My issue isn't that it's "not like A.A," but that it's not medical, psychological help at all. Medical confidentiality arguments aren't really persuasive here because it's really a group of people involved in a bizarre semi-religious sexual ritual (have sex, feel guilty, describe it to a group of voyeurs, feel humiliated, delay orgasm as long as possible again... it all sounds S/M to me).

But in the end if he agreed to confidentiality to participate it seems to me he should have respected that unless he had a really good reason - everything there was meant to be "off the record." I think we basically agree on that here.

Patrick Clements | June 24, 2010 7:36 AM

I wrote a lot about the "ex-gay" movement back in the late 90s and had to change a lot of names or use first names only. The group leaders I wrote about had pretty much debunked themselves publicly. Running across a scoop, though - combine that with a sense of righteous indignation, and I can understand the enormous temptation Townsend must have felt. He was wrong, but wow - I understand it all too well.

Wow! What a story. I'd like to know which of the three reasons you outline was the motivation for the story. I think you nailed those 3 reasons, Alex.

Would someone please comment on or get Mr. Brock to explain his "There's a lot of gypsies there" comment?

I am half Romani or Gypsy and a lesbian and I would really like to hear his explanation.

So not only are we dealing with homophobia, but we get racism as well?

I would like to respond to this article as a former Courage attendee who is now out and in a wonderful relationship. Those who might suggest that Courage is not an ex-gay ministry are lying. Here is my proof based on what I witnessed and heard at Courage meetings. Courage approaches the idea that gay, lesbian or bisexual people should completely abstain from all romantic and physical activity between people of the same sex, because the Catholic church teaches that only sex between one married woman and man for the purpose of procreation is appropriate. As such all emotional and physical intimacy between people of the same sex is treated as a sexual "disorder," "addiction" or "malfunction." Therefore if people of the same sex are engaging in romantic and sexual activity it is because of their "intrinsically disordered" behavior.

How else might Courage be an ex-gay ministry? Because they suggest psychological resources like NARTH (National Association of Research and Treatment of Homosexuality). The very organization of therapists and researchers who encourage reparative therapy. Also the word "disorder" is the same word used by Dr. James Dobson and Focus on the Family. Courage and their founders claim that "same-sex attractions" are due to things like an absent father, an over bearing mother resulting in "injured masculinity" for men or "absent femininity" for women. How is this not an ex-gay ministry.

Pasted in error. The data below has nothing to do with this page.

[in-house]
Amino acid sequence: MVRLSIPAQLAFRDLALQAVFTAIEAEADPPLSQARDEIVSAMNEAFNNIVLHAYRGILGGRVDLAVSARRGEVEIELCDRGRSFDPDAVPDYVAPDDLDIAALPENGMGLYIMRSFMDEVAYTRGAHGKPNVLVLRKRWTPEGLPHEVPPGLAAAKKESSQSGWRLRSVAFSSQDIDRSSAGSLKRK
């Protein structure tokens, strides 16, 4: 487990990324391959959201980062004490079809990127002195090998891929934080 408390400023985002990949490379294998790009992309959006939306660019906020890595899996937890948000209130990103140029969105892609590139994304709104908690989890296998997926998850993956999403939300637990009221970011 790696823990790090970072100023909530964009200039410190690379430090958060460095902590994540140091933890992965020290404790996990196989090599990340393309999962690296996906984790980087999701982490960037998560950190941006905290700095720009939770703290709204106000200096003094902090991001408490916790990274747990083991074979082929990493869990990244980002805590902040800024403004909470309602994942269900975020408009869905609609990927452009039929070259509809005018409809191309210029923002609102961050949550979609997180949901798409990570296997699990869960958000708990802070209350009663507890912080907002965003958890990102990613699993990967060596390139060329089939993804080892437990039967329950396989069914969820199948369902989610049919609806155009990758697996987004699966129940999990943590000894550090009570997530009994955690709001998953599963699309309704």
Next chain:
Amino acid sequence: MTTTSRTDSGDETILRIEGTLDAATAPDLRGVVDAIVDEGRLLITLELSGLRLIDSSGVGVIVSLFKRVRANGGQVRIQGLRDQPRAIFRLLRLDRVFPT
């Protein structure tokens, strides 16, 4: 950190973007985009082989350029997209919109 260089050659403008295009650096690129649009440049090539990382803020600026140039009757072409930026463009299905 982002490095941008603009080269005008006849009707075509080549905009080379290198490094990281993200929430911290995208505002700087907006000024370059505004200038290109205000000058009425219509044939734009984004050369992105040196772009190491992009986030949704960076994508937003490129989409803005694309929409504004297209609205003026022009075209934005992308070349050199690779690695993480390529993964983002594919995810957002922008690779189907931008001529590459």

I want to share with everyone the one incident that finally helped me change my mind and why I think Lavendar Magazine's tactics were perfectly ethical.

My last meeting that I attended (and finally woke up at) one individual shared with the group that he was getting very discouraged about the idea that because he is gay he will never get married or have children. Another individual told him that there are many homosexual men in heterosexual marriages that are very happy and healthy. When he said that, I just about blew my pipe. During the years that led up to my going to Courage for a time, I remember hearing the stories of many closeted gay men in heterosexual marriages who are afraid, lonely and unable to tell their wives for fear of what will happen. Many fear that they will never see their children again or face some kind of discrimination in a court or by their wife or from someone else. How is that a healthy marriage?

Someone finally had the courage to send someone in to tell others what goes on in a Courage meeting. A "hate crime"? I don't think so. The only "hate" involved here, is the hate that the group is encouraging in the men who attend the group for themselves and their desire to love and be loved by someone else in a healthy and holy way. Suggesting that gay, lesbian, or bisexual people are "disordered" and their desire to love and be loved by others is "disordered" and teaching them to have such shame should they dare to show that love, is not a healthy attitude and does not lead to holy living. Not when we deny before ourselves and God that who and what we are is wonderful, beautiful and worth sharing with that someone who will honor it some day.

Those are my thoughts.

An adult who engages in activism, rhetoric, or evangelism which leads to the destruction of other human beings, either spiritually or physically, has forfeited their right to the Closet.

"Courage" can't even pass for a 12 Step Program. The idea of a 12 step program for sexual orientation is too sad to be laughable. Before you know it, we'll have Breathers Anonymous. I've been in three 12 Step programs for about five years. Unfortunately, I have run into quite a few splinter groups claiming rights to the 12 Steps and 12 Traditions (anonymity). My personal favorite are the "12 Step Groups" that don't work the 12 Steps!

Anyone could start a "12 Step Group" for perfectly natural things, like: nose picking, compulsive left handedness, or monthly menstruation. And we'd let them go off and do their "Program" until they start advocating a public campaign against the left-hander-lifestyle. They're now responsible for encouraging discrimination and they have place themselves center stage in the controversy. As any public figure in America, their lifestyle is now open for scrutiny. If a reporter notices their right-hand wobbles a bit when they write, the reporter would be obligated to report it. If the reporter stumbles upon a tip about the Anti-Leftist attending bogus "Lefties Anonymous" meetings, he should investigate and report that too.

I believe that hypocrisy has to be Outed, especially in a case where that person is contributing to human suffering